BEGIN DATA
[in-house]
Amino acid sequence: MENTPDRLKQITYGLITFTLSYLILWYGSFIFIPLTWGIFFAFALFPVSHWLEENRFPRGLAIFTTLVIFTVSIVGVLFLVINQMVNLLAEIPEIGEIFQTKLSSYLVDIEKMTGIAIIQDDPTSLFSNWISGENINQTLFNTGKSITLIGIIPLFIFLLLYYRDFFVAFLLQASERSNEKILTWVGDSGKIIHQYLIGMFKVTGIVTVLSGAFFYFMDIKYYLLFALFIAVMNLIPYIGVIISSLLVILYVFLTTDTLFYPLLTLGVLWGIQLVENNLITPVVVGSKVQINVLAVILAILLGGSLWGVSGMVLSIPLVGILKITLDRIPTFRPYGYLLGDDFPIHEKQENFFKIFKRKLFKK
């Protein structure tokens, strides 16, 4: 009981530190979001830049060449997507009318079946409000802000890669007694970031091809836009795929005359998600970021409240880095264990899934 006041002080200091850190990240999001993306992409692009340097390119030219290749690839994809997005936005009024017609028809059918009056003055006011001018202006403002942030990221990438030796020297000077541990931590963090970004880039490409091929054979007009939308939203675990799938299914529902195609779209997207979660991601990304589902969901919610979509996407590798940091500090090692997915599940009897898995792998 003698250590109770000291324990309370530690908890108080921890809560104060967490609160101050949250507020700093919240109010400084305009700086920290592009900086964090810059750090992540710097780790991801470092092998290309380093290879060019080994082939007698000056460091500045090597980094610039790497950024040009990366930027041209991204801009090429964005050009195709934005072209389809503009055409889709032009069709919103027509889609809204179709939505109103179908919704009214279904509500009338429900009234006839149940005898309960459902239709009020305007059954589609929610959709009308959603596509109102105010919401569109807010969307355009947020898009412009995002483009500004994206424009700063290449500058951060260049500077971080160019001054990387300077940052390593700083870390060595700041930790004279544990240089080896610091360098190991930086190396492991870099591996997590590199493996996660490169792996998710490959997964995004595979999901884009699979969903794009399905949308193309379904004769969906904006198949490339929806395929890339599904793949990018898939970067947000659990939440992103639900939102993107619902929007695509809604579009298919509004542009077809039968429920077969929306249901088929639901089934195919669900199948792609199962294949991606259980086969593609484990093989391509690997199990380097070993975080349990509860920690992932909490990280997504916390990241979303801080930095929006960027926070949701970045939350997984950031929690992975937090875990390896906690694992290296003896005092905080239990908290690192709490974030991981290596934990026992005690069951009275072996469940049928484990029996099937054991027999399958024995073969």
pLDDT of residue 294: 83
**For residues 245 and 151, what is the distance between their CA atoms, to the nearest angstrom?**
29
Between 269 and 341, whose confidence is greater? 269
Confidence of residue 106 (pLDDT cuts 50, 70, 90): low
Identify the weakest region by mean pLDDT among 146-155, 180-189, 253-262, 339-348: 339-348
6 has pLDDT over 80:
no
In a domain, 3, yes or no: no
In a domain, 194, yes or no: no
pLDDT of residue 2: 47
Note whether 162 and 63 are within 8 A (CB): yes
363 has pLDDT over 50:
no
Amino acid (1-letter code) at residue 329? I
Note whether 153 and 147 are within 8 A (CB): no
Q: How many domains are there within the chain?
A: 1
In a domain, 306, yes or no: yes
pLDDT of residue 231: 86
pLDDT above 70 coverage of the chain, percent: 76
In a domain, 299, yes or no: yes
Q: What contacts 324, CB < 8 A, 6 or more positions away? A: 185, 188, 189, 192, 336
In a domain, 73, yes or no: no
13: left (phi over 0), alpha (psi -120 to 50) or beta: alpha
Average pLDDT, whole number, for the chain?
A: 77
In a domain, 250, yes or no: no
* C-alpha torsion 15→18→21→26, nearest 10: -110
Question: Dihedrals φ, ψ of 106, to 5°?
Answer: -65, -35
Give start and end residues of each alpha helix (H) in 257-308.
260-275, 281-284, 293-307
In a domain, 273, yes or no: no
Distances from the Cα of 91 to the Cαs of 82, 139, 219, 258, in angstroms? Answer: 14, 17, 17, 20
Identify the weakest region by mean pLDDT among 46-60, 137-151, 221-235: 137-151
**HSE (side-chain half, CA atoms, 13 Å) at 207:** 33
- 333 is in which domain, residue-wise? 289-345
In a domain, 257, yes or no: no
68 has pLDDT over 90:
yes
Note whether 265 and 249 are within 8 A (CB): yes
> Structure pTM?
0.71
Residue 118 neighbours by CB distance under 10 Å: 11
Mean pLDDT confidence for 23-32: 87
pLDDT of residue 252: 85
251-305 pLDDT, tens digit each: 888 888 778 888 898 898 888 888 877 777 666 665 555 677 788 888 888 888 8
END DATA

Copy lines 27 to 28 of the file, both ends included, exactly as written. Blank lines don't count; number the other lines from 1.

In a domain, 73, yes or no: no
13: left (phi over 0), alpha (psi -120 to 50) or beta: alpha